Overview of Operational Planning Activities
Every organization must plan its activities at several levels and operate these as a system. Exhibit 15.1 presents an overall view of planning and shows how aggregate production planning relates to other activities of a manufacturing firm. The time dimension is shown as long. intermediate. and short range.
Long-range planning is generally done once a year. focusing on a time horizon that is usually greater than a year. The length of the time horizon will vary from industry to industry. For those industries that require many years to plan and construct plants and facilities. and to install specific process (e.g .. refineries). the time horizon may be 5 to 10 or more years. For other industries where the ability to expand c pastriesshorter (e.g .. clothing manufacturing and many service industries). the time horizon may be two to five years or less.
Intermediate-range planning usually covers the period from 6 to 18 months in the future. with time increments or "buckets" that are monthly and/or quarterly. (The near-term time increments are often monthly. whereas those at the end of the time horizon tend to be quarterly. as these are usually less a curate.) Intermediate-range planning is typically reviewed and updated quarterly.
Short-range planning covers the period from one day to six months. with the time incrementally being with long-range planning. the length of the time horizon for intermediate- and -Short-hunger planning will vary trot induce-it, to industry.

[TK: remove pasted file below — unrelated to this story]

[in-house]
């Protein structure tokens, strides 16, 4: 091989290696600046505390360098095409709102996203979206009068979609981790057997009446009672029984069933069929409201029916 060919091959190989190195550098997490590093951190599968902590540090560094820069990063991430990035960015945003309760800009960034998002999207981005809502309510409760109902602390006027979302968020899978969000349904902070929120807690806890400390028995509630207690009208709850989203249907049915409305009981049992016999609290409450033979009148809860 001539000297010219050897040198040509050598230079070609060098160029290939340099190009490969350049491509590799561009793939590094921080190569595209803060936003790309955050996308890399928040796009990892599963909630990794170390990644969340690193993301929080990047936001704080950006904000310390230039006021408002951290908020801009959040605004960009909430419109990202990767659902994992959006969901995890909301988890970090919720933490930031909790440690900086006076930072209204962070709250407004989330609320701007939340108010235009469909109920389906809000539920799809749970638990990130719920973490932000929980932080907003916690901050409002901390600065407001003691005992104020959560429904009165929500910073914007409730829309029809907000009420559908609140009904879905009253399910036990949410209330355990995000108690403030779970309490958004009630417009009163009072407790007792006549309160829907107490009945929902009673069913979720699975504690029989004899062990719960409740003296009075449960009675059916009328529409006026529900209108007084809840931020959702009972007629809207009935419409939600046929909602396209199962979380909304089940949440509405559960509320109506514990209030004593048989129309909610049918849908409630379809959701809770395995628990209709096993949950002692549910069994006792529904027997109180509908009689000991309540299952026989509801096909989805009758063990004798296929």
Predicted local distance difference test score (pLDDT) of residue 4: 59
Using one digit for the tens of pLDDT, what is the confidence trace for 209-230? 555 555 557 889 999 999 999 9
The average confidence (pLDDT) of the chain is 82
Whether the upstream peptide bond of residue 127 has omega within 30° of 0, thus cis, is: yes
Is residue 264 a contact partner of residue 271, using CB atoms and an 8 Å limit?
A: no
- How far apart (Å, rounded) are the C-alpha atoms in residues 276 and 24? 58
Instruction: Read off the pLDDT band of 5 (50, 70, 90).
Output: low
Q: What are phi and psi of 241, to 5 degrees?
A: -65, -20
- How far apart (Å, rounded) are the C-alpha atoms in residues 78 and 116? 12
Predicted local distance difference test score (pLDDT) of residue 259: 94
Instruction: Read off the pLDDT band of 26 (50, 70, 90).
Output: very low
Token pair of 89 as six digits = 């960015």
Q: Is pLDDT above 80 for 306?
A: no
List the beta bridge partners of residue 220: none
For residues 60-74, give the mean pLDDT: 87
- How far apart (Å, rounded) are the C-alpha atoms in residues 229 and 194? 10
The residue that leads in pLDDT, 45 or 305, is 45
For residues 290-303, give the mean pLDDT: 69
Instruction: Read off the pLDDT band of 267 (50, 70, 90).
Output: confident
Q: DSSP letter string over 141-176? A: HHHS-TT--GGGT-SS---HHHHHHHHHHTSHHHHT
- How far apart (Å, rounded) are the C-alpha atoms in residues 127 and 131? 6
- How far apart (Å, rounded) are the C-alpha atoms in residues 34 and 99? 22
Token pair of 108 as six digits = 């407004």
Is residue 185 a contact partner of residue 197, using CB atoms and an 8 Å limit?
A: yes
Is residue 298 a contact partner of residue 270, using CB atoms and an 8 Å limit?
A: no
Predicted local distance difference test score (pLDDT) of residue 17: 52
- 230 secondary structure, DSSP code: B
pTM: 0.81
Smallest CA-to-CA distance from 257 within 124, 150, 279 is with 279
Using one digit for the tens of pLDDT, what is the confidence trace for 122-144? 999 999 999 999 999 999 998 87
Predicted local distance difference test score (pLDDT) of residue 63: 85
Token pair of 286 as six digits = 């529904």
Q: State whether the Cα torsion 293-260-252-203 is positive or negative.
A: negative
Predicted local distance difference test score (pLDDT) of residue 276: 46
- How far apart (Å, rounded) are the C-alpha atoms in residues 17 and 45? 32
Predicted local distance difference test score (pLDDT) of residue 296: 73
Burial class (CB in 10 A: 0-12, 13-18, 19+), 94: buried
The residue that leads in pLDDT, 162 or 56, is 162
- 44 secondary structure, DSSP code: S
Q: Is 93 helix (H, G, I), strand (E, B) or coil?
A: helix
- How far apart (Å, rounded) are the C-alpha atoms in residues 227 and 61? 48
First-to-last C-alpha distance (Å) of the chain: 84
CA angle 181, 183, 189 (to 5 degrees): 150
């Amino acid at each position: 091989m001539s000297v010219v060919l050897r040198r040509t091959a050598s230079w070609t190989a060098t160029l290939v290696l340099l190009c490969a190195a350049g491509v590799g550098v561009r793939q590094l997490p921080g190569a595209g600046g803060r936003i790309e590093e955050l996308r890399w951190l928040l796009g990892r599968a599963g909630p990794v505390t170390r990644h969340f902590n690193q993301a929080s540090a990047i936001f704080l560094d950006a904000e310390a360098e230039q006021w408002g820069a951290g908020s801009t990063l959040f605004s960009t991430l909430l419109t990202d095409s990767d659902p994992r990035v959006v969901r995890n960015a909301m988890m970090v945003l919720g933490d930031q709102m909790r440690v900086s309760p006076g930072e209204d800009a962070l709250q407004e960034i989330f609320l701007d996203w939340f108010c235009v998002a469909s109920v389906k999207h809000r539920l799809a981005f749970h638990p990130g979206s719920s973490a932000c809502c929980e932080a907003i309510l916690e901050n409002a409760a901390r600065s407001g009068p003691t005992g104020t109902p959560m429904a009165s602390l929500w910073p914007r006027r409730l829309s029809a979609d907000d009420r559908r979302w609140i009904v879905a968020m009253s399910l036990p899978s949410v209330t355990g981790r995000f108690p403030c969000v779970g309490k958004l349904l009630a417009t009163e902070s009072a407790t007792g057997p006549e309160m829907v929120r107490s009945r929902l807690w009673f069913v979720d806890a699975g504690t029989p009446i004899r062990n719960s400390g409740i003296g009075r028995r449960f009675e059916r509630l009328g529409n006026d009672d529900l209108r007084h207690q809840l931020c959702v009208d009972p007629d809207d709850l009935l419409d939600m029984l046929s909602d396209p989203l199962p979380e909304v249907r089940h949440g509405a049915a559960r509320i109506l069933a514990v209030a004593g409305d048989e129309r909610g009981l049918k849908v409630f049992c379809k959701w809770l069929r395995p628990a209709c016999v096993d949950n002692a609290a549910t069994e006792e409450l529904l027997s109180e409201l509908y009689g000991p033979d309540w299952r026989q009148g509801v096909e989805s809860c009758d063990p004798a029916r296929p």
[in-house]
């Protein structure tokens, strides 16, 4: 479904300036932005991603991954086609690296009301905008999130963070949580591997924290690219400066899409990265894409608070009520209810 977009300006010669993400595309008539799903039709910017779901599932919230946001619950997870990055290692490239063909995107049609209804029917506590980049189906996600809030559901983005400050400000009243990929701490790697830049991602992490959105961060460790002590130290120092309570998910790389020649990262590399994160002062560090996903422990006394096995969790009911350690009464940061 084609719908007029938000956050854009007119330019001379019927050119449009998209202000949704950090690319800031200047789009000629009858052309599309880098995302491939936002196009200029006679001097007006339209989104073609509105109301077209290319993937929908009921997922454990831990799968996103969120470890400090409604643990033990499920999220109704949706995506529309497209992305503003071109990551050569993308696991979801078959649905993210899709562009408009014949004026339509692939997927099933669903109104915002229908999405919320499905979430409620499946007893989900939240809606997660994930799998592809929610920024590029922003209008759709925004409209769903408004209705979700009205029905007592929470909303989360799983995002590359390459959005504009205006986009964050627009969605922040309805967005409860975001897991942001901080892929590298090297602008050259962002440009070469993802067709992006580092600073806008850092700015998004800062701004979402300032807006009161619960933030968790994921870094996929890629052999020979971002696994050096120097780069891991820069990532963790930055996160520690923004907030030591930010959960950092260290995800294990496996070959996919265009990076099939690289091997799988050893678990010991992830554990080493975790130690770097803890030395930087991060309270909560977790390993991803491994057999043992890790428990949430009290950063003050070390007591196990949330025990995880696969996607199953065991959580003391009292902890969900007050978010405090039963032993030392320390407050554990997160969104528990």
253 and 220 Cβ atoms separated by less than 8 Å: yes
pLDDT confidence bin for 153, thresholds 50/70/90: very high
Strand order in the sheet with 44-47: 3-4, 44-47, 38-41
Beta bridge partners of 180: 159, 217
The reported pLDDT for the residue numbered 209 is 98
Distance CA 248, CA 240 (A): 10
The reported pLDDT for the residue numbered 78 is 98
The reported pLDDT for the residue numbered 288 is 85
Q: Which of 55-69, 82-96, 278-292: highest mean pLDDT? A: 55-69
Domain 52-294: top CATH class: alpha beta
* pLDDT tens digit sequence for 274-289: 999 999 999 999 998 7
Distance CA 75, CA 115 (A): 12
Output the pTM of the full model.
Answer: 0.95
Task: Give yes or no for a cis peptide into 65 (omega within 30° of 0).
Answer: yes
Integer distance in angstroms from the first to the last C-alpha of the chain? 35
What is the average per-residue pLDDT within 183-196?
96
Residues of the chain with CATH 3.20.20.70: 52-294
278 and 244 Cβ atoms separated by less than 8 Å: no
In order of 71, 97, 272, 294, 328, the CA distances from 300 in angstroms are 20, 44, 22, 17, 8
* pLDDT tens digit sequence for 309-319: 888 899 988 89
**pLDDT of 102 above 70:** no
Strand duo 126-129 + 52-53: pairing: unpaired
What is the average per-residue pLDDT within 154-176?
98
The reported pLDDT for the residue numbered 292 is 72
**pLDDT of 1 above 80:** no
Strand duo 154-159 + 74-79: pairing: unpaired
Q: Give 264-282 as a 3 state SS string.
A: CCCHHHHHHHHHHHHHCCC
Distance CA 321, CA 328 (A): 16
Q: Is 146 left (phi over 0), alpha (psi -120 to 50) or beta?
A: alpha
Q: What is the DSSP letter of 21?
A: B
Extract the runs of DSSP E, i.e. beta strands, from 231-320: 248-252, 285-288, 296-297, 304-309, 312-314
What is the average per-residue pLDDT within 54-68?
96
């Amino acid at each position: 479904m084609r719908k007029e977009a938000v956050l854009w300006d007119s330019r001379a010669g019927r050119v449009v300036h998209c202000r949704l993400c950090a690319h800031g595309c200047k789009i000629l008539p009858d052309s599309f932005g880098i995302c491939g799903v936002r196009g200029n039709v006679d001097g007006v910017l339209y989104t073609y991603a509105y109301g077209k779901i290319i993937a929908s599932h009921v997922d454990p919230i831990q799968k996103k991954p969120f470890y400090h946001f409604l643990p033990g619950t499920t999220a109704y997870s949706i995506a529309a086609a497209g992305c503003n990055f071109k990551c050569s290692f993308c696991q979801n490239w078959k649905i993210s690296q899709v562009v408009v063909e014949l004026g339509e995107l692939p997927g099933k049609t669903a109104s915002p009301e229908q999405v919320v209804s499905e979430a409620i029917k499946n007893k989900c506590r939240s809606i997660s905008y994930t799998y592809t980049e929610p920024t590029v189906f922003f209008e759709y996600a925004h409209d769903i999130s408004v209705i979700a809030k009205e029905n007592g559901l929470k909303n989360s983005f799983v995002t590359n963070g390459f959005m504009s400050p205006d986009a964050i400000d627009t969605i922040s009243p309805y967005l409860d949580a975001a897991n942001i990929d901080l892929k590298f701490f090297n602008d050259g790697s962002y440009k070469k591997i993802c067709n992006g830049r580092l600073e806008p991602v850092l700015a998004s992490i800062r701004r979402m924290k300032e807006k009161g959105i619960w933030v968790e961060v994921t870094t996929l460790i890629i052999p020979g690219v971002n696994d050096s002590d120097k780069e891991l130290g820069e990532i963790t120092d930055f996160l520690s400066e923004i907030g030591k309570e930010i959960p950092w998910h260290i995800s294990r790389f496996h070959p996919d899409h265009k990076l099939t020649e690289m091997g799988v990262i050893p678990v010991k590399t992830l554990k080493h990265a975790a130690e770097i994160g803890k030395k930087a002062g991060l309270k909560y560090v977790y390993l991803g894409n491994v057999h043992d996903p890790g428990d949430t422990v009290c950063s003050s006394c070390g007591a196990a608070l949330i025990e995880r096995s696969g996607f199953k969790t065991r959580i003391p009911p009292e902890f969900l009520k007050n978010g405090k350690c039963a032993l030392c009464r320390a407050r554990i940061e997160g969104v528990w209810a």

Long-range planning begins tent of or objective' and for the next 2 to 10 years. Corporate strategic planning.objectives and goals are to be achieved in light of the company's and it, economic and political environment as projected by it, b.tsinc sIfI« Clement-, (ll the ~tragic plan include
product-line delineation, quality and pricing levels, and market penetration goals. Product and market planning translates these into individual market and product-line objectives, and includes a long-range production plan (basically a forecast of items to be manufactured for two years or more into the future). Financial planning analyzes the financial feasibility of these objectives relative to capital requirement and return on investment goals. Resource
planning identifies the facilities. equipment, and personnel needed to accomplish the long-range production plan, and thus is frequently referred to as long-run capacity planning.
Aggregate Production Planning As noted in Exhibit 15.1, aggregate production planning provides the primary link between the long-range strategic plans and the
intermediate-range planning activities. Aggregate planning specifies monthly or quarterly output requirements by major product groups either in labor hours required or in units of production for up to 18 months into the future. Its main inputs are the product and market plans and the resource plan. Aggregate production planning seeks to find that combination f monthly or quarterly workforce levels and inventory levels that minimizes total production-related costs over the planning period while meeting the forecasted demand for product.
Item Forecasting This provides an estimate of specific products (and replacement parts), which. when integrated with the aggregate production plan, becomes the output requirement for the master production schedule (MPS). The process of monitoring and integrating this information is termed deli/Gild management.
Master Production Scheduling (MPS) The MPS generates the amounts and dates of The MPS generates the amounts and dates of specific end products. The master production schedule is usually fixed or "frozen" over he short run (six to eight weeks). Beyond six to eight weeks, various changes can be made. with essentially complete revisions possible after six months. As shown In Exhibit 15.1. the MPS depends on the product and market plans and resource plans outlined in the aggregate production plan.